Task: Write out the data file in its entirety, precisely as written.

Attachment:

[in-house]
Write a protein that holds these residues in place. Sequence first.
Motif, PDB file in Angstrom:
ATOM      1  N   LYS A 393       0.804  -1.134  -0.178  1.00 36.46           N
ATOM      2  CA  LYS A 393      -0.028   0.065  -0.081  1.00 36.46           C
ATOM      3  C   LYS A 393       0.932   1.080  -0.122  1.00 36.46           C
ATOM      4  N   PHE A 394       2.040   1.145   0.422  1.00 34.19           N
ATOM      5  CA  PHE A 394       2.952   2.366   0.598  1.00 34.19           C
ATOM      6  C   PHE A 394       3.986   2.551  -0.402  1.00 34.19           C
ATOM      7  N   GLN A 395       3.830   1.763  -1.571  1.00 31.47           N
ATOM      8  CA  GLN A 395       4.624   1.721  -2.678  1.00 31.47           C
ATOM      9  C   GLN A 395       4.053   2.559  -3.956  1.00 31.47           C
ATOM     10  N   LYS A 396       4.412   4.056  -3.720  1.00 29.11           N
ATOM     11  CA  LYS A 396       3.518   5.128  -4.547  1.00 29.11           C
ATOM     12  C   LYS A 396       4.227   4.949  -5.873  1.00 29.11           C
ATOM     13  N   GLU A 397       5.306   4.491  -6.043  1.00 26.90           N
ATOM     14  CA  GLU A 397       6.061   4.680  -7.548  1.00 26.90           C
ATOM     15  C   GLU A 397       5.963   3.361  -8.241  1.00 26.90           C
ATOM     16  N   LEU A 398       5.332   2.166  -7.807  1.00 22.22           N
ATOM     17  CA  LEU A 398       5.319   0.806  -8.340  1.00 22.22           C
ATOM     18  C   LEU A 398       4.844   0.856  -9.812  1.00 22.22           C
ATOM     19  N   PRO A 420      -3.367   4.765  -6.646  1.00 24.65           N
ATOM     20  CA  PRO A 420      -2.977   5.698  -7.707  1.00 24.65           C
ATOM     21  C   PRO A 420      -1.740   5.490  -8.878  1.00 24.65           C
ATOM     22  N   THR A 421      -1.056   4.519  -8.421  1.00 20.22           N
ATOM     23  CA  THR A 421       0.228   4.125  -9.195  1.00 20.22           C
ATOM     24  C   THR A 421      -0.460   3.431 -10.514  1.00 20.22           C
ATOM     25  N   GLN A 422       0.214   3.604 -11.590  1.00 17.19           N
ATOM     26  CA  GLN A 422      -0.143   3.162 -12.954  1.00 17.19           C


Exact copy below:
[in-house]
Write a protein that holds these residues in place. Sequence first.
Motif, PDB file in Angstrom:
ATOM      1  N   LYS A 393       0.804  -1.134  -0.178  1.00 36.46           N
ATOM      2  CA  LYS A 393      -0.028   0.065  -0.081  1.00 36.46           C
ATOM      3  C   LYS A 393       0.932   1.080  -0.122  1.00 36.46           C
ATOM      4  N   PHE A 394       2.040   1.145   0.422  1.00 34.19           N
ATOM      5  CA  PHE A 394       2.952   2.366   0.598  1.00 34.19           C
ATOM      6  C   PHE A 394       3.986   2.551  -0.402  1.00 34.19           C
ATOM      7  N   GLN A 395       3.830   1.763  -1.571  1.00 31.47           N
ATOM      8  CA  GLN A 395       4.624   1.721  -2.678  1.00 31.47           C
ATOM      9  C   GLN A 395       4.053   2.559  -3.956  1.00 31.47           C
ATOM     10  N   LYS A 396       4.412   4.056  -3.720  1.00 29.11           N
ATOM     11  CA  LYS A 396       3.518   5.128  -4.547  1.00 29.11           C
ATOM     12  C   LYS A 396       4.227   4.949  -5.873  1.00 29.11           C
ATOM     13  N   GLU A 397       5.306   4.491  -6.043  1.00 26.90           N
ATOM     14  CA  GLU A 397       6.061   4.680  -7.548  1.00 26.90           C
ATOM     15  C   GLU A 397       5.963   3.361  -8.241  1.00 26.90           C
ATOM     16  N   LEU A 398       5.332   2.166  -7.807  1.00 22.22           N
ATOM     17  CA  LEU A 398       5.319   0.806  -8.340  1.00 22.22           C
ATOM     18  C   LEU A 398       4.844   0.856  -9.812  1.00 22.22           C
ATOM     19  N   PRO A 420      -3.367   4.765  -6.646  1.00 24.65           N
ATOM     20  CA  PRO A 420      -2.977   5.698  -7.707  1.00 24.65           C
ATOM     21  C   PRO A 420      -1.740   5.490  -8.878  1.00 24.65           C
ATOM     22  N   THR A 421      -1.056   4.519  -8.421  1.00 20.22           N
ATOM     23  CA  THR A 421       0.228   4.125  -9.195  1.00 20.22           C
ATOM     24  C   THR A 421      -0.460   3.431 -10.514  1.00 20.22           C
ATOM     25  N   GLN A 422       0.214   3.604 -11.590  1.00 17.19           N
ATOM     26  CA  GLN A 422      -0.143   3.162 -12.954  1.00 17.19           C